As Sally-Ann continues: “Birthday parties are smaller and can be organised pretty quickly, but for weddings and larger events, the more popular and in demand venues get booked up well in advance. So, choosing the right venue is vital to ensure that it will hold the number of guests you’re inviting and offer the service you need. It’s also good to get a network of reliable suppliers, who can assist with the overall theming, catering, audio visual requirements and entertainment.”

A crowded event held in a museum with display tables set up


Some people can approach an event with a degree of winging it – but if you’re not that person, then you have to really think about the timing. How long do you want the event to last? Do you have a number of presentations to get through? What’s the format? How much time do you want for people to network?

It’s a good idea to prepare a timing schedule in advance and think about the practicalities. If you have five speakers coming from different places, do you have time for them to set up their laptop? Have you made sure their 10 minute presentation isn’t a life story that would rival The Lord of the Rings in length? How long have you given people for food? Often, common sense will get you through here, but give yourself buffers so that you allow for people arriving late and/ or presentations running over.

Project management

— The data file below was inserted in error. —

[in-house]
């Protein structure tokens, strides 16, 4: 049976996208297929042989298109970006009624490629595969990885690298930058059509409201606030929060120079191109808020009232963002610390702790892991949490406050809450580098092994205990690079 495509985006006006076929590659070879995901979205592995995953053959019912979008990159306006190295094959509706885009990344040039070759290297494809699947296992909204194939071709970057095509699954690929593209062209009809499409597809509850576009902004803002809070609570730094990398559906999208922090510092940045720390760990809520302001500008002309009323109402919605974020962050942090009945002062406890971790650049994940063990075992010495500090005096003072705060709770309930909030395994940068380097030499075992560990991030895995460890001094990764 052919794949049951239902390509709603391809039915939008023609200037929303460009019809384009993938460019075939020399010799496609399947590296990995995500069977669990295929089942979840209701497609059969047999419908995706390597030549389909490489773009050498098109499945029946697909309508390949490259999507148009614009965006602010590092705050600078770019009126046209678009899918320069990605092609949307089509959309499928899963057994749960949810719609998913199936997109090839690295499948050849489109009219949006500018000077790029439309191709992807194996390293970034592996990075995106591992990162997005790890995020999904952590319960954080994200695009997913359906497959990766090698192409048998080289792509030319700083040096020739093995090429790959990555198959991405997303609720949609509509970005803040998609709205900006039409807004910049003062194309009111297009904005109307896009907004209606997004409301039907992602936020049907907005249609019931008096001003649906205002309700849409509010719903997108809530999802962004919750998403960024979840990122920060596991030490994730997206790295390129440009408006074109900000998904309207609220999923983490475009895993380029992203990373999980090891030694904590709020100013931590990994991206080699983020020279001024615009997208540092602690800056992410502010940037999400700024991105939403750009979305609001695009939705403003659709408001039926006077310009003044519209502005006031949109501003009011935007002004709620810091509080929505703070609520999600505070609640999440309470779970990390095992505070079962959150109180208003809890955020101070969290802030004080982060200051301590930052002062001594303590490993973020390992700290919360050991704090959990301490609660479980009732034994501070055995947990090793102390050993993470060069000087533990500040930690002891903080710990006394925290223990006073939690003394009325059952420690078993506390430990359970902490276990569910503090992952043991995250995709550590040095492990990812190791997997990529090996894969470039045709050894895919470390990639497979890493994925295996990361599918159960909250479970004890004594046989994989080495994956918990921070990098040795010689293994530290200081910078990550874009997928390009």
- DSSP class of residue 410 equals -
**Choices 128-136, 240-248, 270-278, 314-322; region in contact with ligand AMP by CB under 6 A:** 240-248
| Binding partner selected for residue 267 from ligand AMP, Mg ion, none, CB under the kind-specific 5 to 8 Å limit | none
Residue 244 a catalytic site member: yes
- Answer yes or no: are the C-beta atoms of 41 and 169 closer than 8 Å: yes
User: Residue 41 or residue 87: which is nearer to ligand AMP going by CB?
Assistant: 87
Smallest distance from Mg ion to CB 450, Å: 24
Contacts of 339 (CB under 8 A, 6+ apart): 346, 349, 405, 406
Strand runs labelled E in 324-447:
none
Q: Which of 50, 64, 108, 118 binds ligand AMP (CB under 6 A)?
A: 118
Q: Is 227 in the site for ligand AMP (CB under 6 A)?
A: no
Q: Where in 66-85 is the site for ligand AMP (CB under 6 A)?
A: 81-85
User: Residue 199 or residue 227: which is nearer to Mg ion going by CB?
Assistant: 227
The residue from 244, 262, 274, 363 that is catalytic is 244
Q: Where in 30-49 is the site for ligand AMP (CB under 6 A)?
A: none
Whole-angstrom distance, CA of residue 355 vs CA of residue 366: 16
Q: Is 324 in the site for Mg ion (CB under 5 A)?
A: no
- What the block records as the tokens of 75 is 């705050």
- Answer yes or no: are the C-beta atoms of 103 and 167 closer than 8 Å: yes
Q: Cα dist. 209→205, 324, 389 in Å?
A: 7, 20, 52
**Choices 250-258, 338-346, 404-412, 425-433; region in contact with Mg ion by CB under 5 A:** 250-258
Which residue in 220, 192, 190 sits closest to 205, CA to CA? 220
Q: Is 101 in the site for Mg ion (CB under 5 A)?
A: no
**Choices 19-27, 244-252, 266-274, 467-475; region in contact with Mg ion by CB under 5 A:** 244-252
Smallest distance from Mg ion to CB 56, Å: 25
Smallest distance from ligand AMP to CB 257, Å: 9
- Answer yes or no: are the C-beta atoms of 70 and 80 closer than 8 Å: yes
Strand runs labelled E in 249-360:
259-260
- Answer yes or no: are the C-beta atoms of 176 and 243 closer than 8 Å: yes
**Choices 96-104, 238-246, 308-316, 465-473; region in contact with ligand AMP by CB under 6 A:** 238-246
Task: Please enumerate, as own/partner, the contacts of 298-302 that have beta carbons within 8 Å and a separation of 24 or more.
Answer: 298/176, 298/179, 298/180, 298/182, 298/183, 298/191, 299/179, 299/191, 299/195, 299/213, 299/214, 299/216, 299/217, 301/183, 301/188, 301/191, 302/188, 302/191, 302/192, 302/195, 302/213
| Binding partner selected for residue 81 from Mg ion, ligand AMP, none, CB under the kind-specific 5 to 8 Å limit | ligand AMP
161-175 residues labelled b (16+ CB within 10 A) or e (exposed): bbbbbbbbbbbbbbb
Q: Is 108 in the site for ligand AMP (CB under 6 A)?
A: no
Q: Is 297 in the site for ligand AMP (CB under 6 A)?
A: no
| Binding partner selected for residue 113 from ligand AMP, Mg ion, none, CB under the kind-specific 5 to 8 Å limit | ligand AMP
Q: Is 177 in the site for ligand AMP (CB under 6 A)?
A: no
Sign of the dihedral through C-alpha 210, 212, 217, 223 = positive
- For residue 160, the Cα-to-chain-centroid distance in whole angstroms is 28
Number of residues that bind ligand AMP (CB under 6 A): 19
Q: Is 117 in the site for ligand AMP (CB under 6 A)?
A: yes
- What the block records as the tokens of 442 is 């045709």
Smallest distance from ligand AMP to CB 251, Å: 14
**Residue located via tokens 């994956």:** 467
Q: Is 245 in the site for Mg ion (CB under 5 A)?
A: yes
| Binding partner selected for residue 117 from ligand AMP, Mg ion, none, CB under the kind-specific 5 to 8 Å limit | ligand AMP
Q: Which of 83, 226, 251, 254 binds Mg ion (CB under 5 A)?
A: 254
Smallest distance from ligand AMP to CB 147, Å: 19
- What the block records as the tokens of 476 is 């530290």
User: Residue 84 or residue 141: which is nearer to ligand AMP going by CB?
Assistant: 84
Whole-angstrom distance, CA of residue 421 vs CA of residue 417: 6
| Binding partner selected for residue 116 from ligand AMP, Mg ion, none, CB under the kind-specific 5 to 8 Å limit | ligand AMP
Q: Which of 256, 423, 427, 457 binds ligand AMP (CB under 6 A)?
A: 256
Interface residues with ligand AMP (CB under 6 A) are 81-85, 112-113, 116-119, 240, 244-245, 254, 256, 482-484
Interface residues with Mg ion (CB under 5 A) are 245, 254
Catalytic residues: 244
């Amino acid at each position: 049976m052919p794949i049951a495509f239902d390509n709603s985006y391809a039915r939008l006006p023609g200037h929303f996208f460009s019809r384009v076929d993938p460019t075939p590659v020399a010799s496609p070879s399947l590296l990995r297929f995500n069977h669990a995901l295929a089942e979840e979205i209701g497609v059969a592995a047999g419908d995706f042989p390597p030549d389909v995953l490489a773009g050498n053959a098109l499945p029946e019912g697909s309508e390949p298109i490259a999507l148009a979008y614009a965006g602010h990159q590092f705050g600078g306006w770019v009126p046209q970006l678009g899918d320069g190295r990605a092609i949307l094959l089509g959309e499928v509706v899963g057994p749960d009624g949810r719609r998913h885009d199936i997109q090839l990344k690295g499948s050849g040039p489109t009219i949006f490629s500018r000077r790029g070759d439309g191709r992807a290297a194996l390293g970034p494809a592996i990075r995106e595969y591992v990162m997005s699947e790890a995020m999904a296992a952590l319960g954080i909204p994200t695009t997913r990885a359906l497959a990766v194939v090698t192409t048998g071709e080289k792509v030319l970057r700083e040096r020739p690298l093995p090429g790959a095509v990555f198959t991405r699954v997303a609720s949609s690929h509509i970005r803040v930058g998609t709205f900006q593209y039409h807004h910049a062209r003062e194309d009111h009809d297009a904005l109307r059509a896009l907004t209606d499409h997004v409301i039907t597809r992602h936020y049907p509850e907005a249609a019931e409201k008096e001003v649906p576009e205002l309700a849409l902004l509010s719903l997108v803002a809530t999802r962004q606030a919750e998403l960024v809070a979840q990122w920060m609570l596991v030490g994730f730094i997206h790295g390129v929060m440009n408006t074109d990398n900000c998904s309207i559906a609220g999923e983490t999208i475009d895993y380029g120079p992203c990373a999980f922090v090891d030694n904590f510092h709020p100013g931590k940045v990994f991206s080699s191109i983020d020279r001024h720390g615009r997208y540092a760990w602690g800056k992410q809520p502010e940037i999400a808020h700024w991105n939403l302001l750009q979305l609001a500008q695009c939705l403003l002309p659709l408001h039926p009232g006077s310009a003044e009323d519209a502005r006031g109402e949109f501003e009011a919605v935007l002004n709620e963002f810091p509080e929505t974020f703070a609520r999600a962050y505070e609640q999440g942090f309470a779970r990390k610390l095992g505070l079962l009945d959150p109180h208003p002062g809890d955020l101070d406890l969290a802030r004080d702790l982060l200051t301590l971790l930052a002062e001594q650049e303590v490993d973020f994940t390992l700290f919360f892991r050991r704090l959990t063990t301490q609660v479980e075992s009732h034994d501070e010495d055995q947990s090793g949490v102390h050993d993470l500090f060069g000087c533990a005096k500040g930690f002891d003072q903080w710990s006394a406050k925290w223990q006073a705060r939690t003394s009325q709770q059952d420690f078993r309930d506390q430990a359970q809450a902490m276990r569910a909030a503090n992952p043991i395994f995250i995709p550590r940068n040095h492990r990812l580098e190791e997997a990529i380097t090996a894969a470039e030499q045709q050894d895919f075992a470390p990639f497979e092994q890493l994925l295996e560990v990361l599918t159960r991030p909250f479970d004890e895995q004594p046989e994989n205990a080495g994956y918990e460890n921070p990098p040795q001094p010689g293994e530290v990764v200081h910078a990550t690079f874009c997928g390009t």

Once the date is set, the venue booked and the objectives agreed, then you need to get a spreadsheet in place and delegate some tasks. If you’re responsible for the overall event, then make sure you have a team of people helping you with invites, food and making sure it all goes smoothly on the day.

If your event is a few months away, agree a working group (even if it’s just two of you) and meet at regular intervals to run through the spreadsheet of tasks and keep everyone updated.

people sitting on chair in front of table while holding pens during daytime

Making the most of the event

Lastly, if you’re running an event for your company, or even if you work for someone else, it’s worth thinking about ways to get the most out of it. For example, if you’re going to have 50 of your customers in a room, ask for their biggest challenges in business and the answers will no doubt form a good article for your website.

See if some of the speakers will do a short video you can post on social or your website for additional content. If you’re holding a panel or a roundtable, get someone in the room to write up the findings and use this as a press release – with permission from the attendees of course.

Hopefully these six tips will help you think about planning for your next event. But if you’ve been commissioned to organise an event and you’re struggling with the detail, it might be worth thinking about getting an agency in.


About the author

Lynsey Walden is Co-Director at Front Door Communications and has over 15 years of experience in PR and event management. She has worked for Lloyds Bank and Weber Shandwick, one of the largest PR agencies in the UK, before joining GoCompare in 2007 to manage PR, events and digital marketing for several years.